Golson proving to be the right fit for surging Notre Dame

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Golson proving to be the right fit for surging Notre Dame

Everett Golson went into a hostile environment for the first time in his collegiate career, and he came away with a clean sheet.

Fourteen completions on 32 passes may not look impressive. Same goes for Golson's 178 passing yards, and one touchdown to go with them. Nobody's confusing Golson for a Heisman candidate.

But he didn't turn the ball over on Saturday, allowing the Notre Dame defense to lock down on Michigan State's defense. Notre Dame's defense didn't have its back up against the wall at any point, and in turn were able to keep the Spartans out of the end zone.

Golson's only coughed the ball up twice this season. The first came when he missed a route and forced a pass to Tyler Eifert against Navy, which nearly resulted in a Midshipmen score until Stephon Tuitt scooped up a fumble and sprinted 77 yards for a touchdown. The second was a fumble inside Notre Dame's red zone, and it resulted in Purdue tying things up late in the team's win Sept. 8.

That's not to say those have been Golson's only two mistakes. He threw two balls a week ago that Purdue cornerback Josh Johnson easily could've picked off. Maybe he'll throw a costly interception at some point, but if he does, it'll probably be an isolated incident.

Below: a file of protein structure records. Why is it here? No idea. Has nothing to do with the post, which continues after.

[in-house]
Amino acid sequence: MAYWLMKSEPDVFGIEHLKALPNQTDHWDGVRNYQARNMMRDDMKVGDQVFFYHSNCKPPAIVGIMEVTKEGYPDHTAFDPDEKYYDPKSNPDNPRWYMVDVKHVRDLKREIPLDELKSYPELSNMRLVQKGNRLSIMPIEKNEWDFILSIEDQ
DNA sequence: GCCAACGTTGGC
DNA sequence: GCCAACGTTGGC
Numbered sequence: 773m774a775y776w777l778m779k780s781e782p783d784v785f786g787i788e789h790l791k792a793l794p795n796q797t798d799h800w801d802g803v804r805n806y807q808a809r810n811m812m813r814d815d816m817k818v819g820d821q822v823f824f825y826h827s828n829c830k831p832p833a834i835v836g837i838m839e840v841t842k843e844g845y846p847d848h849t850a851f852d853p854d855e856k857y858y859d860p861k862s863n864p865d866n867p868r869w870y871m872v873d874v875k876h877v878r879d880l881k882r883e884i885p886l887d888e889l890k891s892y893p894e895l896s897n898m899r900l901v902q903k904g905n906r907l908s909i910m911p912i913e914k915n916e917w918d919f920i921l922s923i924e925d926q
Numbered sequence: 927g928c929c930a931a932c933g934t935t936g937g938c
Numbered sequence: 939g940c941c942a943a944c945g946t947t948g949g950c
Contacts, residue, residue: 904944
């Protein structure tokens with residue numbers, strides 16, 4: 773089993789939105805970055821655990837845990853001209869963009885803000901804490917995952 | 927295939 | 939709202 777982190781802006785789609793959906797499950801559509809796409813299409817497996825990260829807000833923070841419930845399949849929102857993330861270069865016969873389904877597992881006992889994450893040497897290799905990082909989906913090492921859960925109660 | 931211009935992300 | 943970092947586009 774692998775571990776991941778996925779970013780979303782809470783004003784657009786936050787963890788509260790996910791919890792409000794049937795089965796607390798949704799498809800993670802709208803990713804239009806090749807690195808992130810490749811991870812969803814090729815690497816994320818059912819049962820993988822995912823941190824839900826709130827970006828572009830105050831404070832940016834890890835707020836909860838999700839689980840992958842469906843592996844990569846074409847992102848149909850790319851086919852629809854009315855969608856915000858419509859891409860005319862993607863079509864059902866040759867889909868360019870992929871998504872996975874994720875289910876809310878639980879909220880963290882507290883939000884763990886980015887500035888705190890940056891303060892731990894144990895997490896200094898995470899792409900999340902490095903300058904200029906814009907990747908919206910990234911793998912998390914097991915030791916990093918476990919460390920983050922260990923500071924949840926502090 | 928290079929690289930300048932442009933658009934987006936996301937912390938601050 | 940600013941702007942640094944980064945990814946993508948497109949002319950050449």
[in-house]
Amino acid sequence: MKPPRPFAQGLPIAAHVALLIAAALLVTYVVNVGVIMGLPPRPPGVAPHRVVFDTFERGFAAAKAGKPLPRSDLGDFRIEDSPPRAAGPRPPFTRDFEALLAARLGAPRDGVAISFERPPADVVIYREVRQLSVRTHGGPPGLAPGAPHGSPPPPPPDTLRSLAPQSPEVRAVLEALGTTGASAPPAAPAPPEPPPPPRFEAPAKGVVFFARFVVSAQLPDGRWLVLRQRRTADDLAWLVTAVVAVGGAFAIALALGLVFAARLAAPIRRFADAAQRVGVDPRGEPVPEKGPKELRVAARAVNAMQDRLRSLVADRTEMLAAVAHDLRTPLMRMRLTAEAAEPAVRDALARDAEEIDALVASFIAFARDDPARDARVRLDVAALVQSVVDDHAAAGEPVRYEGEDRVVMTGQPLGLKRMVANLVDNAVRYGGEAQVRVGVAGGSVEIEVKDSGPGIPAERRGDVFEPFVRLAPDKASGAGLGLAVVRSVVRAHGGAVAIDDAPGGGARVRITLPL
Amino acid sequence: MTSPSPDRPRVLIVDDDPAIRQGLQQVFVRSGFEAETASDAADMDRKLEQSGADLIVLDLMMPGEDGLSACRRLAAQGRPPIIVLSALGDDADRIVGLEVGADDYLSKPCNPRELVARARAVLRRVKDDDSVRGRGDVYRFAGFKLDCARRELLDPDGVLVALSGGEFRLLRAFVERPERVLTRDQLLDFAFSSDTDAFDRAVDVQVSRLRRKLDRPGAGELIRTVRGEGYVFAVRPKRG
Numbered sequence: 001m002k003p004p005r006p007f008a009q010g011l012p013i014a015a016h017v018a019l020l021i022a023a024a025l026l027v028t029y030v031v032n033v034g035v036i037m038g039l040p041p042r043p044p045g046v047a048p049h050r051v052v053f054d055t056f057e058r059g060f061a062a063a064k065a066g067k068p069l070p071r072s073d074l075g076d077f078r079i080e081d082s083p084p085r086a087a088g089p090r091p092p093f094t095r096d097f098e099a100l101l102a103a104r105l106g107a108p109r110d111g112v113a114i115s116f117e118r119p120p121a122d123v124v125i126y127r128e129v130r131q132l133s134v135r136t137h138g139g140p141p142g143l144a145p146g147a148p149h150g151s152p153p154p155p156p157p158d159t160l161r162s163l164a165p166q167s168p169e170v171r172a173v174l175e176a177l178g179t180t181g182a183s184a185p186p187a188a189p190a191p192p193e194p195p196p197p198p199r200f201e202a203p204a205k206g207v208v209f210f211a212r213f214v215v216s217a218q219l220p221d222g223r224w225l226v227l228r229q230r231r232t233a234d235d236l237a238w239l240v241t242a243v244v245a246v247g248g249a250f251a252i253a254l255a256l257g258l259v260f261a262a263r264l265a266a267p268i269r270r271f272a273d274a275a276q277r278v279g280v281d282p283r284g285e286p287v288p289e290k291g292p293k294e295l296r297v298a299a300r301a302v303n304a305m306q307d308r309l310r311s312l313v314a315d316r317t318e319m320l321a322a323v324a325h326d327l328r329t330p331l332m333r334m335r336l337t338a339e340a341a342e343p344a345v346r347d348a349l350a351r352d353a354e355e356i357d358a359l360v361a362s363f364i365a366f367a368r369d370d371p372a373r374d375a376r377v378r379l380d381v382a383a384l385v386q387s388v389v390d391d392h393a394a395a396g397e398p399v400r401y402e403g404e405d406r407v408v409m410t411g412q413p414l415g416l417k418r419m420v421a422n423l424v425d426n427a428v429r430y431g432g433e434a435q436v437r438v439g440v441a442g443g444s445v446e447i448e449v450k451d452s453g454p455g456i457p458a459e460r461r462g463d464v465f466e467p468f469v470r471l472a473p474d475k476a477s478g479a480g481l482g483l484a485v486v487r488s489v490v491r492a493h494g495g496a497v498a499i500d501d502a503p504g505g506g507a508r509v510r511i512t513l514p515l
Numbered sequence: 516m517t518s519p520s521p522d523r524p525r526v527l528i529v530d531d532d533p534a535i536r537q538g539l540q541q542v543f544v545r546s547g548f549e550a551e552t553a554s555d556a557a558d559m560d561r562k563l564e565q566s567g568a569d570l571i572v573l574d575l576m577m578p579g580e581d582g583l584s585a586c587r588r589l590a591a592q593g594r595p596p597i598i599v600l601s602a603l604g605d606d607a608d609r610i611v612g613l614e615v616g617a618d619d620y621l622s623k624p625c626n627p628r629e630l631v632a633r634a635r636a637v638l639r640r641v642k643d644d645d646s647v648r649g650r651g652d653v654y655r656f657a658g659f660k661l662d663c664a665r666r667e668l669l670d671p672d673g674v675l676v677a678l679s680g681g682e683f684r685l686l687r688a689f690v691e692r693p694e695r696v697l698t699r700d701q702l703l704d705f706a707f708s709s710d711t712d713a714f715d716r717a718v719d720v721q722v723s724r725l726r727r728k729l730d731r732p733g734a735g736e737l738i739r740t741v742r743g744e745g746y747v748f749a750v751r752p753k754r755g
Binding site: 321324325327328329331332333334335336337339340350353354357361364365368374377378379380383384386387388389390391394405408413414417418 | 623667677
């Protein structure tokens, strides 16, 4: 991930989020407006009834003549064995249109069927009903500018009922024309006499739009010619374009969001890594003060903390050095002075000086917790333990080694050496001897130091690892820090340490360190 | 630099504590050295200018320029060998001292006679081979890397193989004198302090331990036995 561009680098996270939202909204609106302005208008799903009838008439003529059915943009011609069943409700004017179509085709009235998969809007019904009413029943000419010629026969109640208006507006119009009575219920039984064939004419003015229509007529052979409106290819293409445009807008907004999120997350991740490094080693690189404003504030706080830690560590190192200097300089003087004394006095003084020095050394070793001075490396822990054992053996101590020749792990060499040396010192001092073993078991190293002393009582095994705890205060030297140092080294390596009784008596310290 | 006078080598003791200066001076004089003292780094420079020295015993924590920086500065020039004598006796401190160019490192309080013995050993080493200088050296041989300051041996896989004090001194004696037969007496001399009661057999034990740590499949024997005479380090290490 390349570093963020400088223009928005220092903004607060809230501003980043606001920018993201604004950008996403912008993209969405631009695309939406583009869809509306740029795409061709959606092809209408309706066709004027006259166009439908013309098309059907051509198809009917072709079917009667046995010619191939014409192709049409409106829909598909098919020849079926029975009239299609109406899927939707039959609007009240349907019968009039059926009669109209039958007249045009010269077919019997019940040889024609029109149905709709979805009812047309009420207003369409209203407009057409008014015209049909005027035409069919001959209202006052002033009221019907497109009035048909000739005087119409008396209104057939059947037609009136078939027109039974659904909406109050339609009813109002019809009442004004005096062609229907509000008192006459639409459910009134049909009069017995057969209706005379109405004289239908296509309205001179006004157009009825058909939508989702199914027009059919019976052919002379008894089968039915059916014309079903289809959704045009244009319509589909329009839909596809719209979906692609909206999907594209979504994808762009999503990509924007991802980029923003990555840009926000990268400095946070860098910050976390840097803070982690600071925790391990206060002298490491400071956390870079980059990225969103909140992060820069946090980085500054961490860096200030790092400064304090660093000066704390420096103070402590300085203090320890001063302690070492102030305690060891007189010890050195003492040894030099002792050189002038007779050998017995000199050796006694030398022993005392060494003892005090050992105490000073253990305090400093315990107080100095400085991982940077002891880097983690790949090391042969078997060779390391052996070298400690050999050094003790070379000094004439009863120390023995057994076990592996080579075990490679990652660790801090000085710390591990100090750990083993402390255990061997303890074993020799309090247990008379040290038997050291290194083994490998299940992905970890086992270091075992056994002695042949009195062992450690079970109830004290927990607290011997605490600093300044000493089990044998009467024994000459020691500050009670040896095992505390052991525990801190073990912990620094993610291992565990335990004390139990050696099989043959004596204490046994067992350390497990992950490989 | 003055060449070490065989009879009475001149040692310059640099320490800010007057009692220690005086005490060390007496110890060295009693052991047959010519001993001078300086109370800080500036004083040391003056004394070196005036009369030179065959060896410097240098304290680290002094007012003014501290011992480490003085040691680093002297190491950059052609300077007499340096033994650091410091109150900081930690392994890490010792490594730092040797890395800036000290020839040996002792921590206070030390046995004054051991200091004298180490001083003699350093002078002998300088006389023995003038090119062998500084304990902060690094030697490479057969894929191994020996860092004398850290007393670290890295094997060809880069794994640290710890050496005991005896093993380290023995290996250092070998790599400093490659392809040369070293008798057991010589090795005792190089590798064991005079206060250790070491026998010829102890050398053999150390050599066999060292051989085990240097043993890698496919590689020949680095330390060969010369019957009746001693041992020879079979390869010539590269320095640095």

Last year, Tommy Rees threw 14 interceptions, and in a lot of cases they weren't isolated. He threw two interceptions in three of Notre Dame's five losses, and combined with Andrew Hendrix to throw a pair of picks in another defeat.

So far, Golson has looked calm under pressure. Sure, he wasn't given the chance to perform under pressure against Purdue, but he didn't look rattled against a fearsome Michigan State defense in East Lansing.

Coach Brian Kelly still sees room for improvement with Golson, which is pretty obvious. Notre Dame's offensive potential is a whole lot higher than one that just needs to avoid turnovers.

"He did some really good things, but we've got a long way to go," Kelly said of Golson. "He needs to continue to stay on task, Everett, and continue to develop each and every week. There are a lot of things. We are so far from where we need to be offensively. I think a lot of it is just in the stuff that we're doing right now. We don't need to extend the playbook any deeper."

While the defense will be without senior safety Jamoris Slaughter, who was lost for the season with an Achilles injury, it's a strong, talented group. And it's shown to be one that's good enough to carry an offense that's still growing with Golson under center, at least in the first quarter of the season.

Kelly says Notre Dame's offense is nowhere where it needs to be. There's a chance the Irish won't reach that point in 2012. There will be bumps along the road between now and the end of November.